Mahantongo

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Not to be confused with Mahantango. ‹See Tfd›

"Mahantongo" is a Lenape word, translated "where we had plenty of meat to eat" or "good hunting grounds." The name is shared by a creek, a valley, and a mountain in central Pennsylvania, and is a common street name in the area. The alternate spelling "Mahantango" is often found in early publications, e.g., (Floyd 1911).

Mahantongo Street

The Mahantongo culture[edit]

The Mahantongo culture area is much more extensive than the creek valley itself. It straddles Schuylkill, Northumberland, and Dauphin Counties, including several adjoining valleys, among them the Lykens or Hegins Valley to the South, and the Swabia Creek and Mahanoy Creek valleys to the North. The part of this area that is now included in Schuylkill County was in the first decade of the nineteenth century a huge township called Mahantongo Township.

Until 1811, when Schuylkill County, Pennsylvania was set off, Mahantongo Township was part of Berks County, and was later divided into Upper and Lower Mahantongo Townships, which in turn were divided into smaller subdivisions.

After 1800 the Mahantongo area in Schuylkill and Northumberland Counties became an important settlement point including new industrial towns that were growing up in the anthracite Coal Region to the north - including Shamokin and Mt. Carmel. Mahantongo Township, north of Blue Mountain, is now Schuylkill County.

The Mahantongo Valley[edit]

Nestled in the pocket of the Blue Mountains of the Appalachian chain, the Mahantongo Valley extends east from the Susquehanna River for 17 miles. Bordered to the north by Line Mountain, once the boundary between the Commonwealth and the Indian Lands, it extends four miles to the south where the Mahantongo Mountain closes the valley. rises in the mountains of Schuylkill County, Pennsylvania[clarification needed]

The Mahantongo Valley aesthetic has been explored in various recent studies, particularly those of Frederick S. Weiser and Mary Hammond-Sullivan who focused attention on decorated furniture made in the region. They described the highly distinctive furniture that had been created between 1798 and 1828 along the Schwaben Creek Area of the Mahantongo Valley. The decorative furniture of the region has also been featured in national publications such as Early American Homes.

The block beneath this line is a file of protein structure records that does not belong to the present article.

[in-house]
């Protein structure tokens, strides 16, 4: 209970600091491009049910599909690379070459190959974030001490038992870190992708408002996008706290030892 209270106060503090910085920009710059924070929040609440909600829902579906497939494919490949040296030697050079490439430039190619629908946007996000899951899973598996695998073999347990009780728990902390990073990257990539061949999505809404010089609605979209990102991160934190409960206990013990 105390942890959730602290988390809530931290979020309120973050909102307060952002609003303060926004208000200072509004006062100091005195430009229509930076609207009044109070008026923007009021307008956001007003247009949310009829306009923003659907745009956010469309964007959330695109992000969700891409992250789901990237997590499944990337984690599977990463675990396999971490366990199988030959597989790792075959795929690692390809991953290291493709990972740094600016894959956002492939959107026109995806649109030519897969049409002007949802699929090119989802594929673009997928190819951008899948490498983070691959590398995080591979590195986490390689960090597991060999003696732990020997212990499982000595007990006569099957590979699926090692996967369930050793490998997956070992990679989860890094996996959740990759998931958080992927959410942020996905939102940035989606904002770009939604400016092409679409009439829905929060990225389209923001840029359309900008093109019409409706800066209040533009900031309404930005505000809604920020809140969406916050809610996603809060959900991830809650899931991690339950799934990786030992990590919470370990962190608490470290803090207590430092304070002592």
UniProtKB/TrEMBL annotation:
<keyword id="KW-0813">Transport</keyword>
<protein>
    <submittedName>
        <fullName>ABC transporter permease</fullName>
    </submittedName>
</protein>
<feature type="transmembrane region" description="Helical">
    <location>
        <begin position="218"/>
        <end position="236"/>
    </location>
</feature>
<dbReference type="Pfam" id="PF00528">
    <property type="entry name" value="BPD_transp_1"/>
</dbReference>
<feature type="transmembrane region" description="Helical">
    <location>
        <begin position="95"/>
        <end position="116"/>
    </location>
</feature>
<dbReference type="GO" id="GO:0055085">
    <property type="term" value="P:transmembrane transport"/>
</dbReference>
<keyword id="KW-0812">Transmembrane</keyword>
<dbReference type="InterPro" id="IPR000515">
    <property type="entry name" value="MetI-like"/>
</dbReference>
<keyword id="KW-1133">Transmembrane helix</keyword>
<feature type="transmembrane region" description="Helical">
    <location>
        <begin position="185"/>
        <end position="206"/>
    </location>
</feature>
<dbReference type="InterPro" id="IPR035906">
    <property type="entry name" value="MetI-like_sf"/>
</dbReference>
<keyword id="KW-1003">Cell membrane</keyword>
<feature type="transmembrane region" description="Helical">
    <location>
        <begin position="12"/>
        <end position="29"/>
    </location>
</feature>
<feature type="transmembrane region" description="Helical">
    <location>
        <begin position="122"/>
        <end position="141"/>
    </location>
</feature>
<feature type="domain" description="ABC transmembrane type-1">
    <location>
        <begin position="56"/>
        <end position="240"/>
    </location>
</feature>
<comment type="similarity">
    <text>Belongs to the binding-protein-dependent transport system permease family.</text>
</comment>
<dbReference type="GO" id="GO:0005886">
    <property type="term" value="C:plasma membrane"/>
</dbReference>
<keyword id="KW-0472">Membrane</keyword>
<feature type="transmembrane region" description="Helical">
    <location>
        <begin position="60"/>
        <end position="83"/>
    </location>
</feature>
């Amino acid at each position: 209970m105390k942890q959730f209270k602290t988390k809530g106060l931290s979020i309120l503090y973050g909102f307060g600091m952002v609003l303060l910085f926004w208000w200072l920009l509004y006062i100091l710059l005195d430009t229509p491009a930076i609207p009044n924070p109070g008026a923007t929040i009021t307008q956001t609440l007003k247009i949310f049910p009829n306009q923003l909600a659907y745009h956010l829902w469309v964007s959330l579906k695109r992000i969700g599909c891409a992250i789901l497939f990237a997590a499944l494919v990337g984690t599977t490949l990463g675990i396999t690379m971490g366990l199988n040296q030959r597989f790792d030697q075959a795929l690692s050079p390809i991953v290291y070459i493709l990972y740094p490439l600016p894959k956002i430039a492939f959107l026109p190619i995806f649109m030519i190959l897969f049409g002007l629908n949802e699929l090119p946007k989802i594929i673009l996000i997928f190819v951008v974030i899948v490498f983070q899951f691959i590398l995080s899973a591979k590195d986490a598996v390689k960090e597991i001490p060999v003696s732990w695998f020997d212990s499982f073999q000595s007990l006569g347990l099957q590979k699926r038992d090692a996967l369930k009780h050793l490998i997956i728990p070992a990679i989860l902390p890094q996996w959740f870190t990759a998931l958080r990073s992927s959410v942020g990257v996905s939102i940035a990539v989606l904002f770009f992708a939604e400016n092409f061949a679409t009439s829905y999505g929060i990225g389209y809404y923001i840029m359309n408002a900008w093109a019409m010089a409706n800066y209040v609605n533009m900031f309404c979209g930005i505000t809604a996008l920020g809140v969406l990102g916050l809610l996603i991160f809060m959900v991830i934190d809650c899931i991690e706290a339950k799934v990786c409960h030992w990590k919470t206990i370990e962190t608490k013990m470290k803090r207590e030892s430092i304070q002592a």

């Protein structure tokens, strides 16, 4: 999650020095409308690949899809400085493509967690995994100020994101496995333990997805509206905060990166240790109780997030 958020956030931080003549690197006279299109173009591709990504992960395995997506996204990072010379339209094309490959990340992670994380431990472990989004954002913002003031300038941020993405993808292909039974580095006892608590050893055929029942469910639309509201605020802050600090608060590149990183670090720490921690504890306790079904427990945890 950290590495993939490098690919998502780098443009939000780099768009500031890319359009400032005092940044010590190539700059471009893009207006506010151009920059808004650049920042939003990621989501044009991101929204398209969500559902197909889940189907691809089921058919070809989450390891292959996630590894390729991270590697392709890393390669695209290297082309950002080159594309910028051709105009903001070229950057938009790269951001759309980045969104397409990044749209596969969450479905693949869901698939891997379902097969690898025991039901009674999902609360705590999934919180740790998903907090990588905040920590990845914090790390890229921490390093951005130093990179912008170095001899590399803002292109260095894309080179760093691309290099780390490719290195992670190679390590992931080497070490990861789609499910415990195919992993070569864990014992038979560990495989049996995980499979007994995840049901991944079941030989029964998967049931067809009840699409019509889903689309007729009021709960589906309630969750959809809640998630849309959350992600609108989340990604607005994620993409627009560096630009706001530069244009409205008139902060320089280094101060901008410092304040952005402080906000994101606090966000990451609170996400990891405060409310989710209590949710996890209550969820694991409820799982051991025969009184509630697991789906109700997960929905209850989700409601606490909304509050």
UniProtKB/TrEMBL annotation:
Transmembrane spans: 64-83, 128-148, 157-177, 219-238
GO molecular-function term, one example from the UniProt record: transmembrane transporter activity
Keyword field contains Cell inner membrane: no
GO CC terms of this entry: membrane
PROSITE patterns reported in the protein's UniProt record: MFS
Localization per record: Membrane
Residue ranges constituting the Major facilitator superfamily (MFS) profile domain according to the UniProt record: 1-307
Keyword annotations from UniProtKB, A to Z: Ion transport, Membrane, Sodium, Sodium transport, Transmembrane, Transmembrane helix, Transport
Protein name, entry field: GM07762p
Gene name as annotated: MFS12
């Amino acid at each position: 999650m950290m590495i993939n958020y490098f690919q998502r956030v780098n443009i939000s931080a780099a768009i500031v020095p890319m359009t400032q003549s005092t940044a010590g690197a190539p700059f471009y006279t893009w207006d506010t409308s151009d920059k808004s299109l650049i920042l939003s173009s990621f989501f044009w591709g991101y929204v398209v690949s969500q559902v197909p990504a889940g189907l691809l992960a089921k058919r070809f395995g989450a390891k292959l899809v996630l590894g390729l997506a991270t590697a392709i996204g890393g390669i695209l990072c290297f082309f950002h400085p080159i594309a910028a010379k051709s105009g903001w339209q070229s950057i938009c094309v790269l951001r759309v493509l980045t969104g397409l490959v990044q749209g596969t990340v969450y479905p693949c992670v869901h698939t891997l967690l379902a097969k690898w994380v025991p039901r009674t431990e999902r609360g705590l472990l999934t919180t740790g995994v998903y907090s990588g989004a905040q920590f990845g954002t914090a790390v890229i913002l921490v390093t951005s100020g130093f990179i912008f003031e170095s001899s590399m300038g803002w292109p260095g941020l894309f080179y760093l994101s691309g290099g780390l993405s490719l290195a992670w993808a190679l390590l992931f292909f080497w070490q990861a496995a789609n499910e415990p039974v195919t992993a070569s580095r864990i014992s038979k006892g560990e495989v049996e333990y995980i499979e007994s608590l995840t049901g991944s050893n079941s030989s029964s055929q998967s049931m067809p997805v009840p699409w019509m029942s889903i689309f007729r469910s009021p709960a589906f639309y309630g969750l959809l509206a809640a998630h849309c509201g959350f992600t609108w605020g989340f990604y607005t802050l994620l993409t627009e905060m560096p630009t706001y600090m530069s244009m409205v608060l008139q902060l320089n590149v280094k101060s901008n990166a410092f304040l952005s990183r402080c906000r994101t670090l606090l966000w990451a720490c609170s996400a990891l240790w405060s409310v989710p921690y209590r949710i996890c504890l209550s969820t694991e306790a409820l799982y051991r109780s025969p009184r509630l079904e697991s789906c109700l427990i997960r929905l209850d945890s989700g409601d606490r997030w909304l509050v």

Throughout the 20th century the fertile Mahantongo Valley has provided the bordering coal regions with produce. At the northeastern end of the valley where the Line and Mahantongo Mountains meet, farmers traveled to the densely populated coal towns of Shamokin, Mount Carmel, Ashland, Giradville, Shenandoah, Frackville, Mahanoy City, Minersville and others to peddle fresh produce. These traditions carry on today. Mahantongo farmers continue to retail produce locally in addition to regional wholesale distribution.

The Mahantango Valley today comprises seven townships. From west to east they include: Lower Mahanoy, Jackson, Jordan, Washington, Lower Mahantango, Upper Mahantango, and Eldred. Towns and villages from west to east include: Dalmatia, Herndon, Mandata, Pillow, Red Cross, Rebuck, Hebe, Greenbrier, Klingerstown, Leck Kill, Rough and Ready, Hepler, Pitman, and Haas. Significant State Roads through the Mahantongo Valley include SR 147 which stretches north / south from Sunbury to Harrisburg along the Susquehanna River. Also near the western end of the Mahantongo Valley, SR 225 progresses north / south from Shamokin to Mandata. SR 125 bisects the Upper and Lower Mahantango townships running north / south from Shamokin to Hegins. This latter route is well known for its scenic and snaking roadway over the many small hills and dells and is frequented by motorcyclists throughout the summer months.

Mahantongo Street[edit]

MahantongoStreet.JPG

Mahantongo Street is an affluent street in Pottsville. It is the location of the old Necho Allen hotel, the Yuengling brewery (the oldest American brewery still in operation), and the former home of novelist John O'Hara. Also located on the street are many homes of former coal barons and the famous Yuengling Mansion, now the Schuylkill County Art and Ethnic Center. Saint Patrick Church, founded in 1827, is located here. St. John the Baptist Roman Catholic Church, Yuengling Park, various Protestant denomination churches also grace this tree-lined street. Pottsville Rotary Little League field is at 20th & Mahantongo Streets. The street comes to an end in a residential neighborhood just after 26th Street. John O'Hara mentions this street in many of his books renaming it "Lantenengo Street."

References[edit]

  • Genealogical and Biographical Annals of Northumberland County, Pennsylvania. Chicago, IL: J. L. Floyd & Co. 1911. 

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